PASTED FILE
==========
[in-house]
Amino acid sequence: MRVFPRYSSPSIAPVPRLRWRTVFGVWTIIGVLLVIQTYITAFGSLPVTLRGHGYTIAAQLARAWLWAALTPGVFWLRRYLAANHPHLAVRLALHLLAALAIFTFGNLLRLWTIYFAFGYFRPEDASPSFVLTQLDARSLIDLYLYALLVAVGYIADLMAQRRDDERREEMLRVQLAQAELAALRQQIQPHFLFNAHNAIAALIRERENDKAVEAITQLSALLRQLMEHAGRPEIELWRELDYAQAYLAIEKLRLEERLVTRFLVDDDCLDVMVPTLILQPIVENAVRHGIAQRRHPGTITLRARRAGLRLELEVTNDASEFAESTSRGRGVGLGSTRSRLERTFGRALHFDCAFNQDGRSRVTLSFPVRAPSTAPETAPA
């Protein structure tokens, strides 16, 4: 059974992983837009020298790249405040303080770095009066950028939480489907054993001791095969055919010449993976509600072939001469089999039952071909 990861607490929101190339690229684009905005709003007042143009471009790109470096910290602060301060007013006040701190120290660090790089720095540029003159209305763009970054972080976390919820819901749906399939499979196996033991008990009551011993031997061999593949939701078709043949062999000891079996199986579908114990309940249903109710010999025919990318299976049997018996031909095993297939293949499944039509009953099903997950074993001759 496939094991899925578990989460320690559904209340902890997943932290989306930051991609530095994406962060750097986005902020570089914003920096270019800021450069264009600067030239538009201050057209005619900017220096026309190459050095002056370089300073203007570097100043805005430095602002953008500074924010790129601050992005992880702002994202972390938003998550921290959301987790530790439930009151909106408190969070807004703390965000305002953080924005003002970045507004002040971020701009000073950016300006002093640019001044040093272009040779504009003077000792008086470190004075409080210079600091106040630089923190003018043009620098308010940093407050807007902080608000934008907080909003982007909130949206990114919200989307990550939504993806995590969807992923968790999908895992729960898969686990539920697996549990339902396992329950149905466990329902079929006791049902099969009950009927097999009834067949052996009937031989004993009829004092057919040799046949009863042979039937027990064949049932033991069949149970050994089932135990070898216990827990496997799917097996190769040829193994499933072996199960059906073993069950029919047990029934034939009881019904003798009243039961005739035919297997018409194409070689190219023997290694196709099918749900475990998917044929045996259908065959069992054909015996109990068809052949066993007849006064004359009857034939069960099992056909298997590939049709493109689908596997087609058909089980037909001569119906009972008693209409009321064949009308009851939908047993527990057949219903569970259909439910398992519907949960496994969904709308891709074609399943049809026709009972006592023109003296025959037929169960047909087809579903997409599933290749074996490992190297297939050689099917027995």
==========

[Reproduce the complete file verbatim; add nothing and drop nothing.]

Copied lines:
[in-house]
Amino acid sequence: MRVFPRYSSPSIAPVPRLRWRTVFGVWTIIGVLLVIQTYITAFGSLPVTLRGHGYTIAAQLARAWLWAALTPGVFWLRRYLAANHPHLAVRLALHLLAALAIFTFGNLLRLWTIYFAFGYFRPEDASPSFVLTQLDARSLIDLYLYALLVAVGYIADLMAQRRDDERREEMLRVQLAQAELAALRQQIQPHFLFNAHNAIAALIRERENDKAVEAITQLSALLRQLMEHAGRPEIELWRELDYAQAYLAIEKLRLEERLVTRFLVDDDCLDVMVPTLILQPIVENAVRHGIAQRRHPGTITLRARRAGLRLELEVTNDASEFAESTSRGRGVGLGSTRSRLERTFGRALHFDCAFNQDGRSRVTLSFPVRAPSTAPETAPA
């Protein structure tokens, strides 16, 4: 059974992983837009020298790249405040303080770095009066950028939480489907054993001791095969055919010449993976509600072939001469089999039952071909 990861607490929101190339690229684009905005709003007042143009471009790109470096910290602060301060007013006040701190120290660090790089720095540029003159209305763009970054972080976390919820819901749906399939499979196996033991008990009551011993031997061999593949939701078709043949062999000891079996199986579908114990309940249903109710010999025919990318299976049997018996031909095993297939293949499944039509009953099903997950074993001759 496939094991899925578990989460320690559904209340902890997943932290989306930051991609530095994406962060750097986005902020570089914003920096270019800021450069264009600067030239538009201050057209005619900017220096026309190459050095002056370089300073203007570097100043805005430095602002953008500074924010790129601050992005992880702002994202972390938003998550921290959301987790530790439930009151909106408190969070807004703390965000305002953080924005003002970045507004002040971020701009000073950016300006002093640019001044040093272009040779504009003077000792008086470190004075409080210079600091106040630089923190003018043009620098308010940093407050807007902080608000934008907080909003982007909130949206990114919200989307990550939504993806995590969807992923968790999908895992729960898969686990539920697996549990339902396992329950149905466990329902079929006791049902099969009950009927097999009834067949052996009937031989004993009829004092057919040799046949009863042979039937027990064949049932033991069949149970050994089932135990070898216990827990496997799917097996190769040829193994499933072996199960059906073993069950029919047990029934034939009881019904003798009243039961005739035919297997018409194409070689190219023997290694196709099918749900475990998917044929045996259908065959069992054909015996109990068809052949066993007849006064004359009857034939069960099992056909298997590939049709493109689908596997087609058909089980037909001569119906009972008693209409009321064949009308009851939908047993527990057949219903569970259909439910398992519907949960496994969904709308891709074609399943049809026709009972006592023109003296025959037929169960047909087809579903997409599933290749074996490992190297297939050689099917027995």